UQ's award-winning Advanced Engineering Building. Photo: Peter Bennetts
UQ's award-winning Advanced Engineering Building. Photo: Peter Bennetts
24 June 2014

The University of Queensland’s Advanced Engineering Building’s award-winning status was reinforced at the Australian Institute of Architects’ Queensland Awards this week (23 June).

The building won the FDG Stanley Award for Public Architecture, the GHM Addison Award for Interior Architecture and the Harry Marks Award for Sustainable Architecture.

The judging panel noted that the building, a joint collaboration by Richard Kirk and Hassell, expertly embraced setting and place and was a strong example of engagement with renewable resources and local industry.

UQ Faculty of Engineering, Architecture and Information Technology Executive Dean Professor Simon Biggs said the building embodied the future of higher education.

“It is a spectacular building that sets a new standard in modern university space, promoting engagement and interaction for both undergraduate and research students,” Professor Biggs said.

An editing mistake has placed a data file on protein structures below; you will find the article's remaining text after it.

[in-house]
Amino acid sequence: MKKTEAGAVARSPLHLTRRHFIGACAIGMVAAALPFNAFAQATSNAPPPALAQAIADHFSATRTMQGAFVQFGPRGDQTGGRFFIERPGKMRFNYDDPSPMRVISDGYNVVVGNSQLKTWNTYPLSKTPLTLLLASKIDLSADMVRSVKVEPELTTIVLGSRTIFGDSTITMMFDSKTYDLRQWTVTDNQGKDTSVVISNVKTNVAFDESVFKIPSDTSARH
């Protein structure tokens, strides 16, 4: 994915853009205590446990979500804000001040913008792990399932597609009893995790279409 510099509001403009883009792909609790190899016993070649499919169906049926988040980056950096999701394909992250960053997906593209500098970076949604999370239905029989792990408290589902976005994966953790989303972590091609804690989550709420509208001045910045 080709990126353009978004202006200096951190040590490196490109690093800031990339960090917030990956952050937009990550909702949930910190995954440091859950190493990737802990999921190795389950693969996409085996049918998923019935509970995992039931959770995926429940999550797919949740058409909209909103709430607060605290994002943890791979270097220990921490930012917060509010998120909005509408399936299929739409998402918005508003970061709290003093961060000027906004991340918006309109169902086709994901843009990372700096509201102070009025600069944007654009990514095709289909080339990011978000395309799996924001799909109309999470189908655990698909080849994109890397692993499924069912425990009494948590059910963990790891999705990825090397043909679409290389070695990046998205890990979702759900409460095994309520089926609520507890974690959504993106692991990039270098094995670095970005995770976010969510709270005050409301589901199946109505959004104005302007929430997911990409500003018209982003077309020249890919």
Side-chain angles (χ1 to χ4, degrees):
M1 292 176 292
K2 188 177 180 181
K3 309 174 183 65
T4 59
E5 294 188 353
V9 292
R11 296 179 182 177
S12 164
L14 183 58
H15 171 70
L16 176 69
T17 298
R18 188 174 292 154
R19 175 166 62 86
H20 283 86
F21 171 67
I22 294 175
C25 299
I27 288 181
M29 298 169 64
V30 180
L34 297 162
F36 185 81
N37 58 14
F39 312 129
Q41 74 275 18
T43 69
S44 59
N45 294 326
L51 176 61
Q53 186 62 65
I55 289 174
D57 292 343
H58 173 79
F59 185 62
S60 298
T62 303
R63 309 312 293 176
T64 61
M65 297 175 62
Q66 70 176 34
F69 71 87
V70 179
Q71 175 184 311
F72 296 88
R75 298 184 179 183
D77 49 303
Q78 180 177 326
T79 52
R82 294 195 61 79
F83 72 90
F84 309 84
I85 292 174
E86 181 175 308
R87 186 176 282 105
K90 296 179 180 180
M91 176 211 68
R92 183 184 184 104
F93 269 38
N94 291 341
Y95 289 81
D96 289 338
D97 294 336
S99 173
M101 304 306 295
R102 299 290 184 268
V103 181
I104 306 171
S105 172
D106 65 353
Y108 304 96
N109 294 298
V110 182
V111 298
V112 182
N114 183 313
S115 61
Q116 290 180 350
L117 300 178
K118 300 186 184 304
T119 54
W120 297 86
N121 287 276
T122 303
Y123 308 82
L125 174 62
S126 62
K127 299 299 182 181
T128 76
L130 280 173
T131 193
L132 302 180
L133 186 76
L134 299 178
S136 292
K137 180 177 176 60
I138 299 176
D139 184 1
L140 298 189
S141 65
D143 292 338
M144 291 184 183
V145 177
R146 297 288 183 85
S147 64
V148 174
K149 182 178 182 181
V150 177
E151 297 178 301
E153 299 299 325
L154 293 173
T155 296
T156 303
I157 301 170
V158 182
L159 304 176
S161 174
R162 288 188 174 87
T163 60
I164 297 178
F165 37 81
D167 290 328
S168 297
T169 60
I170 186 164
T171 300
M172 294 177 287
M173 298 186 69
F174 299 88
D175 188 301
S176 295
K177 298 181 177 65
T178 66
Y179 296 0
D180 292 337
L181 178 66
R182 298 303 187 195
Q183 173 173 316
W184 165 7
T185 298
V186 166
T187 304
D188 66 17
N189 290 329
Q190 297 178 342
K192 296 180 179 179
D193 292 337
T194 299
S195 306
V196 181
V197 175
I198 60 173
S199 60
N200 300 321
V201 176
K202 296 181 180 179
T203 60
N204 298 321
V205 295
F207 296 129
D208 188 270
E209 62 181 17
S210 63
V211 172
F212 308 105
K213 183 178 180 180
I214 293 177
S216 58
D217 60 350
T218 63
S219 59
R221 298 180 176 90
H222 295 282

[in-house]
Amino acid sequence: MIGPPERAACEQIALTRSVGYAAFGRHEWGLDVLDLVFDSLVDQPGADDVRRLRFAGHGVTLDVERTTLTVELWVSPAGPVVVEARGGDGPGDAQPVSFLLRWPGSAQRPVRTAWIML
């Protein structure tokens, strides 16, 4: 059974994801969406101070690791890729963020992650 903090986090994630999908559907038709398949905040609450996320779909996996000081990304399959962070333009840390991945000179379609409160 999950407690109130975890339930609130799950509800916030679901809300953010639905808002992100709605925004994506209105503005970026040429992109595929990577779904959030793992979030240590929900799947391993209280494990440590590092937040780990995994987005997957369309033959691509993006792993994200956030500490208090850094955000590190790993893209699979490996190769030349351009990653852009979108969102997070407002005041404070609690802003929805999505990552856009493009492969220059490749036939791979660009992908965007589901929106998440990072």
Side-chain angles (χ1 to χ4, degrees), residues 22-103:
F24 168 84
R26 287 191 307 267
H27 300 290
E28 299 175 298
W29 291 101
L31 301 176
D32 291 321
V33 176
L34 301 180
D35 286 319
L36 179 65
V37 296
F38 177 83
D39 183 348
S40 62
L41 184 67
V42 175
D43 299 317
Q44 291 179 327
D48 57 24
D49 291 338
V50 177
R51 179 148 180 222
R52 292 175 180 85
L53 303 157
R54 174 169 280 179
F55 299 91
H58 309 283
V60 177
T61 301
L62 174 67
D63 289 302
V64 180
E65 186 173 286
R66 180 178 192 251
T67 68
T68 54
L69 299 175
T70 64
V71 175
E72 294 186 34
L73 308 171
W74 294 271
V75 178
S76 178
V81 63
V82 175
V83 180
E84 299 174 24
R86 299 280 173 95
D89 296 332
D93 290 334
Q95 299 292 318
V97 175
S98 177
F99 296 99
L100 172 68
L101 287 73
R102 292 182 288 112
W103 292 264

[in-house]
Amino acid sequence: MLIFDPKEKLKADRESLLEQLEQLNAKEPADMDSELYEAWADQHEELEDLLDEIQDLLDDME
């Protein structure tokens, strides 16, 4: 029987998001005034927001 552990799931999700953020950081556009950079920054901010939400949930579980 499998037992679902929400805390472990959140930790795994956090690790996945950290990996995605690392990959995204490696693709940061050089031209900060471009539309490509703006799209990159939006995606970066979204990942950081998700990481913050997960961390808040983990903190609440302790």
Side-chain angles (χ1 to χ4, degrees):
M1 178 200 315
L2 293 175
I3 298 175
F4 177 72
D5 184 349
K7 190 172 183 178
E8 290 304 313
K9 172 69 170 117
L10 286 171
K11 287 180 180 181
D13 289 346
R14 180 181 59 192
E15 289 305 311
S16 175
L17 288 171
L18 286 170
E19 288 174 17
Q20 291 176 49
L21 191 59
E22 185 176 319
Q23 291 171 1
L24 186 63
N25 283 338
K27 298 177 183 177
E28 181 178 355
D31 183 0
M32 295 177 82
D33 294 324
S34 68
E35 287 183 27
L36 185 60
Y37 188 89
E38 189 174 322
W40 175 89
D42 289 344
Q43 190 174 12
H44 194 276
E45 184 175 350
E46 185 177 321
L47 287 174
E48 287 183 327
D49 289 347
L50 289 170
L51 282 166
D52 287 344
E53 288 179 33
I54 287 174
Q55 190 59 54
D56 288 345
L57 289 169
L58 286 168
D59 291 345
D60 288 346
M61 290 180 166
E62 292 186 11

“The reconfigurable and adaptable learning spaces match our ambition to provide a world-leading educational experience.”

Classed as a ‘live building’ – one that automatically adjusts air and temperature for the comfort of its occupants – it self-manages its energy output throughout the day.

Professor Biggs said the building’s designers had delivered on a challenging brief to create a building that embodied an interactive learning environment and offered the most advanced teaching methods for the engineers of tomorrow, while incorporating state-of-the-art green technology specifically suited to the Queensland climate.

Each day the building makes informed and calculated decisions to measure and monitor internal and external conditions, contributing to a 40 per cent reduction in annual energy consumption.

It provides students with best-practice models in action to monitor the environmental performance as part of the curriculum.

These learning spaces and research laboratories provide students with a powerful and active learning environment for improved teaching and learning.

“The sustainable design of the building is really important – sending a powerful message about how engineering must play a leading role in reducing our impact on the environment through clever design,” Professor Biggs said.

Learn more about the Advanced Engineering Building and how it is setting the benchmark at UQ in the 2014 edition of ingenuity.

Media: Madelene Flanagan, m.flanagan@uq.edu.au +617 3365 8525.